Metcalf possibly first visited Giverny in 1886, where he sought out Monet and was invited to lunch. He hiked and sketched in the countryside around Giverny in the company of Monet's step-daughters, discovering a wealth of subjects-the river and the red-roofed houses, the grain stacks and the gardens that Monet was transforming into brilliant chromatic essays. Theodore Robinson also spent considerable time in Giverny and together, Metcalf's and Robinson's discoveries attracted other Americans, to the point that Giverny soon became a veritable colony of American Impressionists.
At the same time, Metcalf moved cautiously toward the more radical aspects of Monet's style: the high keyed color, the division of light into its component hues, and the broken brushwork that became the movement's signature traits. However Metcalf also continued to work through his near simultaneous discoveries of the merits of the Barbizon painters and James Abbott McNeill Whistler, whose works he had encountered in Paris.
(BRUCE W. CHAMBERS at .butlerart.com/pc_book)


The TEN
Black and white photographic print
Repository: Archives of American Art
Collection: Macbeth Gallery Records, c. 1890-1964
From Smithsonian Institution's photo stream


After returning to the United States in 1888, Metcalf finally settled in New York in 1890, earning an income as a portraitist, illustrator, and teacher. Although Metcalf's life in the late 1890s was marked by "fitful person relationships and (Artistic) unproductiveness" (Ulrich Hiesinger, "Impressionism in America", p. 24), he counted among his friends such artists as J. Henry Twachtman, Robert Reid, and Edward Simmons. In 1898, Metcalf was one of the founding members of The Ten, a group of artists who rebelled against the tight strictures of the National Academy of Design.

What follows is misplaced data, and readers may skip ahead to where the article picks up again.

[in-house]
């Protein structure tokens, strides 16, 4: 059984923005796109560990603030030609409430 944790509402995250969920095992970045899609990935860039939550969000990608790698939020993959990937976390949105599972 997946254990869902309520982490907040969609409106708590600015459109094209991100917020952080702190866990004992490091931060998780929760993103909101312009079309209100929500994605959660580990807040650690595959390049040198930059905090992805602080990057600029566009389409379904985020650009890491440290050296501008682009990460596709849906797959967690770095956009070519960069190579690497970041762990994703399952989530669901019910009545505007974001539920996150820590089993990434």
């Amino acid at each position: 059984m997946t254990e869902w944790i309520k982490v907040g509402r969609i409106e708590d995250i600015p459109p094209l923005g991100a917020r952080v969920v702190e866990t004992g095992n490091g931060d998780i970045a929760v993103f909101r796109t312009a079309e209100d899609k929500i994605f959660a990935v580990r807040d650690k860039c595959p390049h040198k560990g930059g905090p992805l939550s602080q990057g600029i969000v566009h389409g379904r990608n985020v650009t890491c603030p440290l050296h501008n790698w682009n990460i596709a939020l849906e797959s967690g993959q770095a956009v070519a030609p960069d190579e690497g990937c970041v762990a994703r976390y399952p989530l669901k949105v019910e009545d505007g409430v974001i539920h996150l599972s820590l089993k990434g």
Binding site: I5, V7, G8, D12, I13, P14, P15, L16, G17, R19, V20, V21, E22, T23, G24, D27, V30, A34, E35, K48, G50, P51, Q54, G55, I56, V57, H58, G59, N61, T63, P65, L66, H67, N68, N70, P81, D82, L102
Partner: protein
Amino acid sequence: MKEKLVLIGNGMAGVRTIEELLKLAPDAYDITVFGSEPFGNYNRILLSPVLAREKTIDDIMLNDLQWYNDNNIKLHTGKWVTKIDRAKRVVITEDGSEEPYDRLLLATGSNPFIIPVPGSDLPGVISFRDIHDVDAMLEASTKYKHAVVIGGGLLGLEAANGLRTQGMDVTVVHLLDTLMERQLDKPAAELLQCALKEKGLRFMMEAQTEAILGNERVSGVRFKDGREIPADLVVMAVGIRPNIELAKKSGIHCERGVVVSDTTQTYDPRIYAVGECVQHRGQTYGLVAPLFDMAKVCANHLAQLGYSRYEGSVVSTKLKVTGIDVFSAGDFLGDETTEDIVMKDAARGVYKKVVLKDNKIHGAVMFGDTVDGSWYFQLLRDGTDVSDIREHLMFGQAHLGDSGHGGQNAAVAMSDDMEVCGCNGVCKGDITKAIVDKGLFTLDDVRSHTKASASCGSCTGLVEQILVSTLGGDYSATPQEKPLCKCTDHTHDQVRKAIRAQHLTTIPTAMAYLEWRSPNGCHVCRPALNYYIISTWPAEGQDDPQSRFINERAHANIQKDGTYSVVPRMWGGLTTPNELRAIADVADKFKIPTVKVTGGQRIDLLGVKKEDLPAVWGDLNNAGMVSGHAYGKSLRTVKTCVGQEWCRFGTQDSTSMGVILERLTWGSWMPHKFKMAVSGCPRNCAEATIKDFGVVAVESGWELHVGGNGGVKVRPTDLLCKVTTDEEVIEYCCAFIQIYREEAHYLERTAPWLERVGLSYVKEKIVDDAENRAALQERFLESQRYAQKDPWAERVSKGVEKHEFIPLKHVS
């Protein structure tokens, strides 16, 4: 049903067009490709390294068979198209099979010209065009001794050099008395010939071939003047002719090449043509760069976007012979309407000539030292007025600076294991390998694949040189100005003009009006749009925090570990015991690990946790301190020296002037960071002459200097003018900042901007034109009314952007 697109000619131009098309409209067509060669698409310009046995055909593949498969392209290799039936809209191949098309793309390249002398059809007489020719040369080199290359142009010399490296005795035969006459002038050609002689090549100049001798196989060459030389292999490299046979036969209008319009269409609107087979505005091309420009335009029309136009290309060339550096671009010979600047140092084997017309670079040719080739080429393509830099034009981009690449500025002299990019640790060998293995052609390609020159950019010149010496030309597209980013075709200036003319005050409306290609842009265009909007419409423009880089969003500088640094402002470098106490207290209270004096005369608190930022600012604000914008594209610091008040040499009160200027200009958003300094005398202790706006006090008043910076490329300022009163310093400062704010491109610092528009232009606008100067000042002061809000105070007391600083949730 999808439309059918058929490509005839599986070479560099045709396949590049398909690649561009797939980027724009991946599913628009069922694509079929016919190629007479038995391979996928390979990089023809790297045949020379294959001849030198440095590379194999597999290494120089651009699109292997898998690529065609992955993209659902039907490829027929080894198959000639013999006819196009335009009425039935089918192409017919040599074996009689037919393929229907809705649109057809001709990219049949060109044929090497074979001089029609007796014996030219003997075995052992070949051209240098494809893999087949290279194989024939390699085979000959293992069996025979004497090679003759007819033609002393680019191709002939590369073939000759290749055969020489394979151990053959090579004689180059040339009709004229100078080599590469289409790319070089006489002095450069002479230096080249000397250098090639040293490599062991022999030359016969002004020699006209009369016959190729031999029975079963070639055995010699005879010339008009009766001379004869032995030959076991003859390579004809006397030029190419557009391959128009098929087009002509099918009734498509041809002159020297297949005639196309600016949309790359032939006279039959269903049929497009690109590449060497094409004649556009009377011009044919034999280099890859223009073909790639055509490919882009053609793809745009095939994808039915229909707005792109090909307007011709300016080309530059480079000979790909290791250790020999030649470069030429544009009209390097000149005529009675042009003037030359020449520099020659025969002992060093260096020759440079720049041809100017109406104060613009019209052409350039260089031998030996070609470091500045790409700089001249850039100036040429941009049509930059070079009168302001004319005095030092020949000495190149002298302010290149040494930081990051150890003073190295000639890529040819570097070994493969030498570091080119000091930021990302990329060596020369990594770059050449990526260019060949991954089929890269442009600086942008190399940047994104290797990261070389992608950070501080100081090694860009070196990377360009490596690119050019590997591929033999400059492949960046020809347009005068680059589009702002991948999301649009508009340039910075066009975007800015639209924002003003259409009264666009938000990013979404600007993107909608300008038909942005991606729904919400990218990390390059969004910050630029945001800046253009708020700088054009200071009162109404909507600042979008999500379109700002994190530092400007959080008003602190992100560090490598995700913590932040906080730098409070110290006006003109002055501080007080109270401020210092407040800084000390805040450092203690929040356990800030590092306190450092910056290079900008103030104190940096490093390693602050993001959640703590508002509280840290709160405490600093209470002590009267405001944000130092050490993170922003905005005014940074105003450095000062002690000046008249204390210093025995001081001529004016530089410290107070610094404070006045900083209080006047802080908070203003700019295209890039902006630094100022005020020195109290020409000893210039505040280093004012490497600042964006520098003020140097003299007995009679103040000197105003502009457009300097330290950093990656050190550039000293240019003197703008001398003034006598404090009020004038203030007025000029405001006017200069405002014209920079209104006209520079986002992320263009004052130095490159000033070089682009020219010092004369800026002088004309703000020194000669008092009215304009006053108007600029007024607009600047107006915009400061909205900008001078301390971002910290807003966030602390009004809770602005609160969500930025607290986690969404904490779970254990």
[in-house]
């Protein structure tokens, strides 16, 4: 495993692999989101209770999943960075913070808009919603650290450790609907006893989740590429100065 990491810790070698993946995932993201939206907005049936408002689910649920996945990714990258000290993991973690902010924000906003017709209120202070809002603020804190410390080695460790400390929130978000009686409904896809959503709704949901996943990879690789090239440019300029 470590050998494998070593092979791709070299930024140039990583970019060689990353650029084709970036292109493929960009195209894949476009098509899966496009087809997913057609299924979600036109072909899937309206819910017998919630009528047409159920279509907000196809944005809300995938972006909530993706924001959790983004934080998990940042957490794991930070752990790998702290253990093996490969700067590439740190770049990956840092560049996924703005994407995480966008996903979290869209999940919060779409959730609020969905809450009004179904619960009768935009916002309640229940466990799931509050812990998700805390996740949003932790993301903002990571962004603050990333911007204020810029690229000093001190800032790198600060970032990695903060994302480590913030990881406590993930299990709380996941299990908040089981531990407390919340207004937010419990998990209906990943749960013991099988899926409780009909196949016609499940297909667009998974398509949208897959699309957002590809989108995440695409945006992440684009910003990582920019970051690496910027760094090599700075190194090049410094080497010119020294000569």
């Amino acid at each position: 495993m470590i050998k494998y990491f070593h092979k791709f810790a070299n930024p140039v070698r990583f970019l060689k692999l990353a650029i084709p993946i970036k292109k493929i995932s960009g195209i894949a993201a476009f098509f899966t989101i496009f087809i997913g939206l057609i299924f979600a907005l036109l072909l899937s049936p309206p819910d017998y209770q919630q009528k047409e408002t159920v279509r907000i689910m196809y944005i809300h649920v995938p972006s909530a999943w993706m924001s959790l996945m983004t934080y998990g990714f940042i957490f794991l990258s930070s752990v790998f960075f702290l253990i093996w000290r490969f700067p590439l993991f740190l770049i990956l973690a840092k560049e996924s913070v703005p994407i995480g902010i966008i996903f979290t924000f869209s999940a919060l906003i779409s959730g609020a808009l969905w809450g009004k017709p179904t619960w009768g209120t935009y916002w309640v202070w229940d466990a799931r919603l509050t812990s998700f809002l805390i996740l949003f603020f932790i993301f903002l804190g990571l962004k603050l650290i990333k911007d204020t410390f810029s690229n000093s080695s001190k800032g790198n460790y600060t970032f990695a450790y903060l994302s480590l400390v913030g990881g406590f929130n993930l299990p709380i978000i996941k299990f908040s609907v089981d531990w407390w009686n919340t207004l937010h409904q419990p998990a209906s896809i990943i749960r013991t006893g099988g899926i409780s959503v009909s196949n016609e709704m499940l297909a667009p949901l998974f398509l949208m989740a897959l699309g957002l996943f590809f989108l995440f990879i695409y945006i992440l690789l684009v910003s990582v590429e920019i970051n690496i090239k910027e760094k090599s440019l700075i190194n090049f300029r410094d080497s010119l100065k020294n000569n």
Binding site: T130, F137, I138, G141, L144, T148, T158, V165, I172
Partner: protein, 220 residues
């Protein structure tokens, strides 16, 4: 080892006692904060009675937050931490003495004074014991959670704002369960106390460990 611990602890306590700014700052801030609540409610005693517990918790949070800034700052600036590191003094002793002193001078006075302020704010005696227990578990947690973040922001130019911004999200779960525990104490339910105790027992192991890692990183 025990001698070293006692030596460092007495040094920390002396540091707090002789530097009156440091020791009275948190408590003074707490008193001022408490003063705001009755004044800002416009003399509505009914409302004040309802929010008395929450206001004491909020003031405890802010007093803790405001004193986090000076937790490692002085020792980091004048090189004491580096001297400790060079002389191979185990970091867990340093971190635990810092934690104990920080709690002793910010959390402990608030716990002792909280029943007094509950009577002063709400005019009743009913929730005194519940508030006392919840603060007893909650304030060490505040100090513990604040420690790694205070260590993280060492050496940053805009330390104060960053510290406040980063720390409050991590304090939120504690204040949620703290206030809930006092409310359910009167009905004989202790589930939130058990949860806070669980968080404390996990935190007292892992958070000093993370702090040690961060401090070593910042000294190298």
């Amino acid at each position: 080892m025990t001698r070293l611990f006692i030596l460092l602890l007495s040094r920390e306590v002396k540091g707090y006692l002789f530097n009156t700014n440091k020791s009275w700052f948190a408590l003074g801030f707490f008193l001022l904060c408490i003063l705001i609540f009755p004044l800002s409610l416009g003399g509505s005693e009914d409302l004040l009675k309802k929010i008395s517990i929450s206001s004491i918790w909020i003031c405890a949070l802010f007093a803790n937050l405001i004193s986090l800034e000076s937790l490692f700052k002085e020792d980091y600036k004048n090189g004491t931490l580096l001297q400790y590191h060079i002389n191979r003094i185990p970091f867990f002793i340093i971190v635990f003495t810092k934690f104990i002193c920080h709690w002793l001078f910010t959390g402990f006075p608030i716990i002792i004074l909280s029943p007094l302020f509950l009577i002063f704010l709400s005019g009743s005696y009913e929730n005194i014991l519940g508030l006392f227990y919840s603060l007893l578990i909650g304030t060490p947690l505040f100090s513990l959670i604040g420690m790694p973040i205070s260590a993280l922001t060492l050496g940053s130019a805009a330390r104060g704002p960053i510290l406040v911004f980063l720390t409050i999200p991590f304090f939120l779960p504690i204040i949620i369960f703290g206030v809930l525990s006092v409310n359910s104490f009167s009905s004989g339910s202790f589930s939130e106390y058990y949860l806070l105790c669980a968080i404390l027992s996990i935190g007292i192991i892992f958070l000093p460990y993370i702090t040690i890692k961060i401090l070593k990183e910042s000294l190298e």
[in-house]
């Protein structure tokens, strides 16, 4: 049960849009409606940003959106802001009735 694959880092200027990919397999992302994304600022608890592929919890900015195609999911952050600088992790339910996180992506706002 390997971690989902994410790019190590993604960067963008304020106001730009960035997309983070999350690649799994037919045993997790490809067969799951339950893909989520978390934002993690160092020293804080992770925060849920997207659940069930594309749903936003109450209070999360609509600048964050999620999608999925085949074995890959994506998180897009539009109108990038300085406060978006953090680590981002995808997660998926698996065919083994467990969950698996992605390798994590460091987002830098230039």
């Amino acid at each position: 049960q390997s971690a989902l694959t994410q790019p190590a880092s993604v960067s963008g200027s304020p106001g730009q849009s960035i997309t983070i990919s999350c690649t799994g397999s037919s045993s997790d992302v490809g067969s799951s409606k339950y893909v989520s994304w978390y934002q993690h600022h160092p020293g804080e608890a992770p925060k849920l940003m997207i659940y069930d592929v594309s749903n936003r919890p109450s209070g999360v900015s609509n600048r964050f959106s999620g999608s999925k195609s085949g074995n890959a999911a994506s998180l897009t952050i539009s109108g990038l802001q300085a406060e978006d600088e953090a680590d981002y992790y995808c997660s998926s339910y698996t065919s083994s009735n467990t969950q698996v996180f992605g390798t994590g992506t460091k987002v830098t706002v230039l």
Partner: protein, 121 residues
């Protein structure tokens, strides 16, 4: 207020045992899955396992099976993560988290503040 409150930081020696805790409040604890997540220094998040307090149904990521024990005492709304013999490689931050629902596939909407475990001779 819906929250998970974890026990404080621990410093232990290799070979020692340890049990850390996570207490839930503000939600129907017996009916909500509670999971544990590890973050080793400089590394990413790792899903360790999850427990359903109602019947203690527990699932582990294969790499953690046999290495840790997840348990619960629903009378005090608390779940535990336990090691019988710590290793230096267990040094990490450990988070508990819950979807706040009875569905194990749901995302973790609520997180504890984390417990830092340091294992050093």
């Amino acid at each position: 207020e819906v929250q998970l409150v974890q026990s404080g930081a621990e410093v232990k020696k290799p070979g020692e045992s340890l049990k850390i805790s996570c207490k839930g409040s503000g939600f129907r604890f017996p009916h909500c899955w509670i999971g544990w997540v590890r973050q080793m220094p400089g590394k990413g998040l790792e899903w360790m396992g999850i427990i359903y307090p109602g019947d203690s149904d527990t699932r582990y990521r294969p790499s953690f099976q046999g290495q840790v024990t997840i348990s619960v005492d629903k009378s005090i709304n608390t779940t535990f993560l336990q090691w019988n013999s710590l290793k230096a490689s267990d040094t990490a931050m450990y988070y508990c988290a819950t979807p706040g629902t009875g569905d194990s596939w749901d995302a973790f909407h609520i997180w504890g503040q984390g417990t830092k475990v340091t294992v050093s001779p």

Metcalf managed eventually to get his problems under control, and enjoyed a long, successful career, despite the occasional re-emergence of bouts of financial troubles, romantic conflicts, and heavy drinking. One indication of his reputation during his lifetime was the sale of "Benediction" for thirteen-thousand dollars, then the highest price ever paid for a painting by a living American artist.
(Mark Borghi Fine Art Inc at borghi.org)


Gloucester Harbor
Oil on canvas, 1895
© Mead Art Museum, Amherst College
arthistory.about.com


Havana Harbor
Oil on canvas, 1902
Public collection
From ARC


Poppy Garden, 1905
In Private Collection
From .artinthepicture.com


Metcalf’s return to Old Lyme in the fall of 1907 was his last visit there. He never forgot that Old Lyme had given him the boost to his career that had made all the difference. May Night, his moonlit view of the Griswold House, painted in 1906, won a gold medal at the Corcoran Gallery of Art in Washington and was bought for its permanent collection. His career took off after that.
(flogris.org)


Ebbing Tide, Version Two
Painting - oil on canvas, 1907
Farnsworth Art Museum (United States)
From museuma.com